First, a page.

Thursday, December 12, 2013

Titles

I announced in my last post that I would be stepping down from my paid position with my church. Last Sunday I was reflecting on my way home after our church service. I was thinking about how nice it will be to just be another person at church. You see, being on the pastoral team means a lot of responsibility. I don't know if my feelings are right or wrong, but they are what I feel. 

Being on the pastoral team, having the title of "women's pastor" means a lot of things. It means that if I am having a rough Sunday, it doesn't really matter. Suck it up and serve. Because it's not about you. Granted I've had Sundays where I've hung out in the back where no one can find me for most of the service. But I know that once the service is over and it's coffee time, I need to be on my game. Cristobal preaches, but I am the backstage manager. Through the service I am making sure everything runs smoothly. New people are greeted, those without bibles are given one to borrow, the offering is collected, the children don't go crazy in the back. Yeap. Oh, and I guess I hear the sermon too. When I'm done counting how many people showed up that Sunday. 
And then after the service is when the action really happens. I have twenty minutes between the service ending and everyone leaving. In those twenty minutes I need to: make sure all the new people are approached by someone, and that they have a chance to leave their contact information. Make sure all the bibles are collected and boxes are packed up to go back into storage. Make sure I communicate with any leaders whatever information I need to get to them or from them. Coordinating weeks, meetings, and programs. And then there are all the women that I need to be touching base with. There are moments when there is a line of people waiting to talk to me about something personal or social. And I am trying to make sure that the logistical doesn't fall apart. I've tried to explain to the girls that I disciple that I love them but that Sundays after church is not the best time to talk. My friends have already gotten accustomed to me saying, "Can you tell me this story after ISA?" And when I think about the responsibilities that I have at ISA, I feel the social/relational responsibilities much more than the logistical ones. I know that there are moments when people have gotten offended because I haven't take the time to do more than just a quick greeting with them. There are moments when I know that someone wants a sit down chat with me, but I just can't mentally or emotionally handle it. So I just give them the quick standard kiss on the cheek and I keep going. By the time I get home from ISA, it's usually around 4-5pm and I am exhausted.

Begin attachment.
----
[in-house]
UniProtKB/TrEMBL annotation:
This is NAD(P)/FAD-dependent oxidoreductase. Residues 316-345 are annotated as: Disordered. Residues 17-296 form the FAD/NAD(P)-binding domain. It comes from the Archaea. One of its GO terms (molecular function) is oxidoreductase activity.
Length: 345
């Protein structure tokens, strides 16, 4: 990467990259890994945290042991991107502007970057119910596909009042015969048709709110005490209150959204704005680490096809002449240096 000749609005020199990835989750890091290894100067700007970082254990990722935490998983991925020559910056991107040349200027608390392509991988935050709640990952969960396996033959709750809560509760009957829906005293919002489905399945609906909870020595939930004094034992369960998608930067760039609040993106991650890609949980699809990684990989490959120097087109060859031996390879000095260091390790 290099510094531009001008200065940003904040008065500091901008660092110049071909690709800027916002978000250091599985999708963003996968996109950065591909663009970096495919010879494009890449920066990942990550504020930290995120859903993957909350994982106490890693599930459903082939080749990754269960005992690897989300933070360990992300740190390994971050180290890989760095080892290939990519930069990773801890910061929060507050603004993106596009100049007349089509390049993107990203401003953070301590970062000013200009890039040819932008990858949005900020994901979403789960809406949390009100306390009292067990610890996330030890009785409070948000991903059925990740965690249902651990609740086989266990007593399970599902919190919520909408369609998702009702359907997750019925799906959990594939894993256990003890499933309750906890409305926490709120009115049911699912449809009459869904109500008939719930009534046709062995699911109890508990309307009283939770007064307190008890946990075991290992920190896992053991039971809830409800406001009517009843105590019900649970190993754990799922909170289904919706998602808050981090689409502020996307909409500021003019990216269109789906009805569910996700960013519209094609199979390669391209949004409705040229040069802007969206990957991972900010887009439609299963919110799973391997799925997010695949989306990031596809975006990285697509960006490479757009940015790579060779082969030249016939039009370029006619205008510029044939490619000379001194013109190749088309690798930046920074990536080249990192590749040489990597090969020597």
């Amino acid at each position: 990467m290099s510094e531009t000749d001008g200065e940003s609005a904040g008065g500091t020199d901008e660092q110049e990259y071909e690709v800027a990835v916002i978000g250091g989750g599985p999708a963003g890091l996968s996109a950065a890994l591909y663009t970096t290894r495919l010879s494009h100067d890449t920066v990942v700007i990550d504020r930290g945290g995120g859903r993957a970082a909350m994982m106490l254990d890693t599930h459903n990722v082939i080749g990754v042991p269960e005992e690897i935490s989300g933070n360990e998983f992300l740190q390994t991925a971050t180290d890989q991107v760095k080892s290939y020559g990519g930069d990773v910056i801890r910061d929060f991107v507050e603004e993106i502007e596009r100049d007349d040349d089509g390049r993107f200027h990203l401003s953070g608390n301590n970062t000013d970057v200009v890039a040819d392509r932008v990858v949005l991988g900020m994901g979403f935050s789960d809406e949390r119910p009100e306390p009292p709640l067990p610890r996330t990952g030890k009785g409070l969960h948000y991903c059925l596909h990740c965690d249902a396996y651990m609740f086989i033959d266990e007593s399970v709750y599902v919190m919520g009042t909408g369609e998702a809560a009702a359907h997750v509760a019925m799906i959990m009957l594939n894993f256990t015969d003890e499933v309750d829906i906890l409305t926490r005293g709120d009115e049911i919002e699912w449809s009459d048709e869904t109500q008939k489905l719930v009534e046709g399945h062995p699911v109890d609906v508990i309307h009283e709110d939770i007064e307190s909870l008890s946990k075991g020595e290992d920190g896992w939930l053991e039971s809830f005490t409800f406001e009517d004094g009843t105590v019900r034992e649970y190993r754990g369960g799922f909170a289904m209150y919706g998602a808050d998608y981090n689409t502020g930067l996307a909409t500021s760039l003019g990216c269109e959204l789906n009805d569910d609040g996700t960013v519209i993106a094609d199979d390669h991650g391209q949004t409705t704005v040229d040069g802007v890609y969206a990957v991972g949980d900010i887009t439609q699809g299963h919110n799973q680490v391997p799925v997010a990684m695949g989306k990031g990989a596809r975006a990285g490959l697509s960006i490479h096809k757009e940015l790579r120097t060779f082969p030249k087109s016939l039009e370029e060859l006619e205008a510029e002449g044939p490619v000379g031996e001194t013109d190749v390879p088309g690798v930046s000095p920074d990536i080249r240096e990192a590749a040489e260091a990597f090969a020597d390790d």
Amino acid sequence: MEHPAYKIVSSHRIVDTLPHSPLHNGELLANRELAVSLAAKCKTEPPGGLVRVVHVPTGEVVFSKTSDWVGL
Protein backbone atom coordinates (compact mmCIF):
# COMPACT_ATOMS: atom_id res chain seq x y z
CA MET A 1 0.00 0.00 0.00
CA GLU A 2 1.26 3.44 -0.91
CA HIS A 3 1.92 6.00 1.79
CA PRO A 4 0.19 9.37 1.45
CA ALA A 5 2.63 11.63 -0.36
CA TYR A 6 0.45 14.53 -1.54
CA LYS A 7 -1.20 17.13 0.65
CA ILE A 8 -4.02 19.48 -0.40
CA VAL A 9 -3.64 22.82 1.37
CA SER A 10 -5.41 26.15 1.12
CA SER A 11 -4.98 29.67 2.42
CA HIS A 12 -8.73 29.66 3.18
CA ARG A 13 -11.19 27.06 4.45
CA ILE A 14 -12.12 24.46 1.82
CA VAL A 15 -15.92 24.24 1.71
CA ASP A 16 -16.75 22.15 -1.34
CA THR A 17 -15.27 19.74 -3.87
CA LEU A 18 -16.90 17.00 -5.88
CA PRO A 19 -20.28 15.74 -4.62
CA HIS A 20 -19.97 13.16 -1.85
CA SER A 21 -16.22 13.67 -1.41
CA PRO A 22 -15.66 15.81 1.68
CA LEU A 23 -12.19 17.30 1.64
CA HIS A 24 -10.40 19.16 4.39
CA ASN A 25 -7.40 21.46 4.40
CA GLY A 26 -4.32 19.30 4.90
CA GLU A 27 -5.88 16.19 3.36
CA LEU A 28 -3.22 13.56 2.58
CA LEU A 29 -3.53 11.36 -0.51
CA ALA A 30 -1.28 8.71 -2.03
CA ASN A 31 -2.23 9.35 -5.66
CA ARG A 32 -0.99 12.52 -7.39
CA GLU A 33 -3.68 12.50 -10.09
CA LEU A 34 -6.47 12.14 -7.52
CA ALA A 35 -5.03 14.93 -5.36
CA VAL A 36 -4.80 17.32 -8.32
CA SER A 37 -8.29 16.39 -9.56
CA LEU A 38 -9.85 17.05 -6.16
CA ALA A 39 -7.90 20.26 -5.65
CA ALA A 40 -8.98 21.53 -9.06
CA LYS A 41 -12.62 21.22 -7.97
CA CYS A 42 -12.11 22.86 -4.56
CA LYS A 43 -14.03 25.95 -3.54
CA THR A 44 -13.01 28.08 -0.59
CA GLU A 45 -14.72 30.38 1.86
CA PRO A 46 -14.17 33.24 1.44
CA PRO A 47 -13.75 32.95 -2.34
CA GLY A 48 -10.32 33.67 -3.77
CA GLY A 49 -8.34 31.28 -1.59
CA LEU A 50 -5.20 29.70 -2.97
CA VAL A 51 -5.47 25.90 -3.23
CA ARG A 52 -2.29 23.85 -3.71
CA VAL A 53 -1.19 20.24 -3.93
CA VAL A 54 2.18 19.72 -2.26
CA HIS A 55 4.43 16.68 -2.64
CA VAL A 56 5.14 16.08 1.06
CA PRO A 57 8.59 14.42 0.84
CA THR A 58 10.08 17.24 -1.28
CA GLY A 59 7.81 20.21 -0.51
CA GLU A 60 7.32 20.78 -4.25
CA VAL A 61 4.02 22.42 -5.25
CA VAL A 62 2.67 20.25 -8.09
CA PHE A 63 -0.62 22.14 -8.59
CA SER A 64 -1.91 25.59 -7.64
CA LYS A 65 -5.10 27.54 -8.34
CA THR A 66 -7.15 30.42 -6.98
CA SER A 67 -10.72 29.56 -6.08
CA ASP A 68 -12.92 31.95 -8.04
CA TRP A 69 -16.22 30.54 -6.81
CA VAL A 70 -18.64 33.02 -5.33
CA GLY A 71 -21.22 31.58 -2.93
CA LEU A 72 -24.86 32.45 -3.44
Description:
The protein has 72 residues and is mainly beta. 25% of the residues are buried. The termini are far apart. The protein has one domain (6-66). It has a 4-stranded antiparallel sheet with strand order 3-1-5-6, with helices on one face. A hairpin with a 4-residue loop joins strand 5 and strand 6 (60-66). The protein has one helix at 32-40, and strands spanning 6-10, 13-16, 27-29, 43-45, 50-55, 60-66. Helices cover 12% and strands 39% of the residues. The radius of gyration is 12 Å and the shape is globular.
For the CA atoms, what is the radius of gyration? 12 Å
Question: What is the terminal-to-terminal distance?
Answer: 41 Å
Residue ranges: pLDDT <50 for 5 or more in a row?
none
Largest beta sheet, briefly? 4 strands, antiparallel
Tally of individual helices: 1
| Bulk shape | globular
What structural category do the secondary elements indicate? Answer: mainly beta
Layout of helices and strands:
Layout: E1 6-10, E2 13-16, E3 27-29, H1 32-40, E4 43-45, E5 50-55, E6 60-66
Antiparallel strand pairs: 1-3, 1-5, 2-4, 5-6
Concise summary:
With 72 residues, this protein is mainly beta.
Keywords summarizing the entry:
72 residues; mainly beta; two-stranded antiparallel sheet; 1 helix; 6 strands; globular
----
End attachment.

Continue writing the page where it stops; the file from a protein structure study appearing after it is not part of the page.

Ok, so I read what I just wrote and I hear behind the words a heart that is not ok. And I know that a huge part of it is a lack of resting in God. But I think part of it is just that church planting in Santiago Centro is hard. And the harvest is full but the workers are few.

So as I was walking home on Sunday, I was reflecting about how nice it will be to not have the title of "women's pastor". How nice to be free to just go on a Sunday without all the responsibilities. No one will expect me to sit with them for a chat. No one will expect me to be in charge of all the logistics. Things can fall apart and I can walk away. Ha! 

But as I was cherishing the idea of being responsibility free, I realized that a lot of my burden comes from the title of "women's pastor". That title put a lot of expectations on me. That title gives an image that I am trying to live up to. And I don't know if that's right or wrong. For now, it just is. 

So what happens when I don't have that title anymore. Do I no longer have any expectations? No more responsibilities? No. Because my identity is deeper than the title of "women's pastor". In fact, it's much deeper. God has given me various titles: creation, adopted daughter, beloved. But there was one that really captured my attention this week: slave. Paul describes himself as the slave (or bondservant, but I think the word slave provokes an image that is helpful). Paul knew that his life belonged to another. He knew that he was in a sense, not free. Not free to live his life for himself. No, his life had been purchased by the blood of Jesus. And now he was (happily) a slave. And so am I. No matter what jobs I take on or quit, nothing changes the fact that my life has been bought by the blood of Jesus. I am His. His slave. 

So as I look forward to leaving my paid position at ISA, I cannot forget that my life is not going to suddenly belong to myself again. No, it never did. Not this year, not next year. It belongs to a good and sweet God who calls me to live out my freedom in service to others. 



1 comment:

Alan Arellano said...

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Yes, it's a temporary mail